Cumberland Times-News

Opinion

March 16, 2013

It’s easy to explore the moon with binoculars

Last week, the slender crescent moon and a modest comet (PAN STAARS) appeared in the western dusk sky.

With the evening moon becoming much brighter this week, it will be harder to see the comet through the moonlight. Binoculars are recommended.

The comet tonight is the star group Pisces, seen low in the western dusk and only about 18 degrees from the sun. PAN STARRS is moving nearly northward.

On the evening of March 21, the comet will move into the star group Andromeda, being at an angle of 22 degrees from the sun. As March ends, PAN STARRS will be near Andromeda’s shoulders and about 30 degrees from the sun.

While the larger angle to the sun will make it easier to spot, the comet will also be even fainter as it moves away from the sun.

Today, the length of daylight and night are equal. It is widely believed that this condition occurs at the equinoxes, the start of spring and fall.

But on these dates, daylight is about 8 to 10 minutes longer than night. This is due to the sun’s image being lifted about one-half of a degree when it is rising or setting. This bending is caused by the refraction or bending of light when the sun’s light enters the atmosphere at a large angle to the vertical.

So we see the sun rising about four minutes before it actually breaks above the horizon. When the sun appears to set, we see the top of the raised image of the sun four minutes after the sun has dropped below the horizon.

This raising effect is a minimum at the equator where the sun rises and sets vertically, not at a slant as in our area. (Of course, the sun neither rises or sets; it’s the rotating Earth that makes the sun seem to be moving.)

This evening the nearly half-full moon appears near the bright planet Jupiter. The two objects will be only three moon widths apart (1.5 degrees) at 9 p.m. when the sky is quite dark.

Tonight is Lunar Day 6, six days after the moon swung past the sun (New Moon) in going from the morning to the evening side of the sun.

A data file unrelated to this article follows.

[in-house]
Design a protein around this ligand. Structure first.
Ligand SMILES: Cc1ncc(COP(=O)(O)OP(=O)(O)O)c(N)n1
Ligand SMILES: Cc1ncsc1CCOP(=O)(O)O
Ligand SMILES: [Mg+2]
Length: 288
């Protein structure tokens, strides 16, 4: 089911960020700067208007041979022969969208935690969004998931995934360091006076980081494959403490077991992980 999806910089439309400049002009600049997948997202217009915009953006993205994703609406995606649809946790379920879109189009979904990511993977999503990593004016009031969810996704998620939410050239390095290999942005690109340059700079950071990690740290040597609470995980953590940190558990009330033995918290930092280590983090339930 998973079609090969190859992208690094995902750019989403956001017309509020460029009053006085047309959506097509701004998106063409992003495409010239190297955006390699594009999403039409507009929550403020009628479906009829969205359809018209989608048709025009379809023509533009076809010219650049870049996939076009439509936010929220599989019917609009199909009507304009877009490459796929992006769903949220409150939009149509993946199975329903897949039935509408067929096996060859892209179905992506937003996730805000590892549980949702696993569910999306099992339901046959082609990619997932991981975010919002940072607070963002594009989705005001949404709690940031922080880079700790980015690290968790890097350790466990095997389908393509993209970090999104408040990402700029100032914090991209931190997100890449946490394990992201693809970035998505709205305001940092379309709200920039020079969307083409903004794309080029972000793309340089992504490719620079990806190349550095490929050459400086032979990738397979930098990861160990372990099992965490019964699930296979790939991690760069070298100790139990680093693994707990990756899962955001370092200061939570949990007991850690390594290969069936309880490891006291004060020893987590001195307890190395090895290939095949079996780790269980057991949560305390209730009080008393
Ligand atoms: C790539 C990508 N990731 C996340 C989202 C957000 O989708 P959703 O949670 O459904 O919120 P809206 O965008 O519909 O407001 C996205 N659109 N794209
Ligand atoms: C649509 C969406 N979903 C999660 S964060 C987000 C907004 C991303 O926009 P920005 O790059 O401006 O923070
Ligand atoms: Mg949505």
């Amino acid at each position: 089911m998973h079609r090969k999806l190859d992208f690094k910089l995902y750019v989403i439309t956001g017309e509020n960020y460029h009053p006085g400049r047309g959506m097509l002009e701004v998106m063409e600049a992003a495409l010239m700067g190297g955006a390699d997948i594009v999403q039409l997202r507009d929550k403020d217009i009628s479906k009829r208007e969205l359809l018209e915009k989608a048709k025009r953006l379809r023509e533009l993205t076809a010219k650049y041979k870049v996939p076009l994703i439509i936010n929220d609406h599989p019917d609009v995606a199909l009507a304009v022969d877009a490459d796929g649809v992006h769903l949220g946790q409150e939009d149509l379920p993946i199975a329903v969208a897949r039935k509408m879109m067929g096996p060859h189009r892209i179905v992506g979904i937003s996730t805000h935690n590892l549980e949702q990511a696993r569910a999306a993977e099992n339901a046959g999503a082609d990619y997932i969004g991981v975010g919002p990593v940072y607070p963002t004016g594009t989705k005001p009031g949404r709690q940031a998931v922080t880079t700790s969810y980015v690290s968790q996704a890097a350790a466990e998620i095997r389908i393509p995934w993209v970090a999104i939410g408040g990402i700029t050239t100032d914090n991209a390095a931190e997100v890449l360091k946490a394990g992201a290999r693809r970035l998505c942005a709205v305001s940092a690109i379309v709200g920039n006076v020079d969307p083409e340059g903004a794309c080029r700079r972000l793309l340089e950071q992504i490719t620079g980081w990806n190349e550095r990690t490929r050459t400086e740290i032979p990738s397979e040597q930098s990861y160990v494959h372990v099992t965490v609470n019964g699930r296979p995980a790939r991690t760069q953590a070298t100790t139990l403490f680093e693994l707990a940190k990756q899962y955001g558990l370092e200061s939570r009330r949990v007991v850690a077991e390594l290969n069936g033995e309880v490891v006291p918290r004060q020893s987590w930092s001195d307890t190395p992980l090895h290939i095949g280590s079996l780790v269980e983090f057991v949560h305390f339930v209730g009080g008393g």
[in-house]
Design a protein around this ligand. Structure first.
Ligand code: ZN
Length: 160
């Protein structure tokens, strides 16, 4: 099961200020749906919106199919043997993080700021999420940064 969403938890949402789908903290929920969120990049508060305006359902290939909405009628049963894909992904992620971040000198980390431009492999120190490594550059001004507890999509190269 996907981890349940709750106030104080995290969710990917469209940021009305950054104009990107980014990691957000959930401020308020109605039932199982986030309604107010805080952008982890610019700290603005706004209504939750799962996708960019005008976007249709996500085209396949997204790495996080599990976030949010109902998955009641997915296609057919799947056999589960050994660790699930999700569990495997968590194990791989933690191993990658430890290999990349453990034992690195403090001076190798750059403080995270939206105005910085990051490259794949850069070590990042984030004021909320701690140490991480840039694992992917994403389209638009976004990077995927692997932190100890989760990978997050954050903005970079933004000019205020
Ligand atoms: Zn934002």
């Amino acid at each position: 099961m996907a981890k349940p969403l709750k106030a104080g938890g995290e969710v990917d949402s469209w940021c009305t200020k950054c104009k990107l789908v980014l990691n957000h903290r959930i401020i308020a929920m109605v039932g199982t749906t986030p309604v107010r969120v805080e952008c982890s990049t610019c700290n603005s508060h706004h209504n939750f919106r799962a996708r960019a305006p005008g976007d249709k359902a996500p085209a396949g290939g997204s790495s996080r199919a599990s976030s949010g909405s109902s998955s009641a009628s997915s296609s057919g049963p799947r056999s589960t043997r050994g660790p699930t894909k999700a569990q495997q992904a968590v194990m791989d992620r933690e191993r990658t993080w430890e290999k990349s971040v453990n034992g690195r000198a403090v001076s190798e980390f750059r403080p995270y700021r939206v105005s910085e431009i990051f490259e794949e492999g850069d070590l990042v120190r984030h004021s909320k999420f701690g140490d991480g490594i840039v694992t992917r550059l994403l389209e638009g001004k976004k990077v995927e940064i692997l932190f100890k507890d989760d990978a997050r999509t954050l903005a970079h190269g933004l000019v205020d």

Even without optical equipment, the dark grey plains on the upper half of the moon’s lighted bowl are easy to spot. The detached grey spot is Mare Crisium, a cooled lava basin over 300 miles across.

Three of the other grey plains are clumped together. Nearest is the larger Mare Tranquillitatis, where Apollo 11 (our first manned lunar landing ) set down.

Below Tranquillitatis is the Mare Fecunditatis lava basin, comparable in area to Mare Crisium. Mare Serenitatis is above Tranquillitatis and comparable in size.

With binoculars held steadily this evening, some of the larger craters are in view.

About halfway along the left edge of the moon is the crater Ptolemaeus, named for Astronomer Ptolemy that is nearly 100 miles across. Below and farther to the right (west) is the crater Maurolycus about 75 miles wide.

On Lunar Day 9 (March 20), more large grey plains have rolled into the sunlight. On top is Mare Imbrium. Below Imbrium are three overlapping lava fields.

Binocular viewers will see a very prominent crater in the midst of these lava fields. This is Copernicus, 56 miles across with walls that rise 12,000 feet above its surroundings.

By this Saturday night (Lunar day 11), there is a prominent crater whose bright rays splash across the grey plains as well as the lighter plains (called the Lunar Highlands). This ray system is visible to the eye but the crater requires binoculars.

The crater is Tycho, named for the best observer of stars and planets before telescopes. Near the bottom of the moon is the dark crater Plato (for the famous philosopher).

SKY SIGHTS AHEAD: Orion is now in the southwest evening sky, following Taurus and Jupiter. Orion’s belt points left to Sirius, the night’s brightest star.

Sirius is also the closest star we can see in the night sky, at a distance of nearly nine light years. Lower in the west is the Seven Sisters or Pleiades star cluster, a beautiful sight through binoculars.

The Big Dipper is high in the north and upside down. The leftmost stars of the bowl point down to the North Star, a modest star about which the heavens seem to circle. (The Earth’s North Pole nearly points to the North Star (also known as Polaris).)

Bob Doyle invites any readers comments and questions. E-mail him at rdoyle@frostburg.edu . He is available as a speaker on his column topics.

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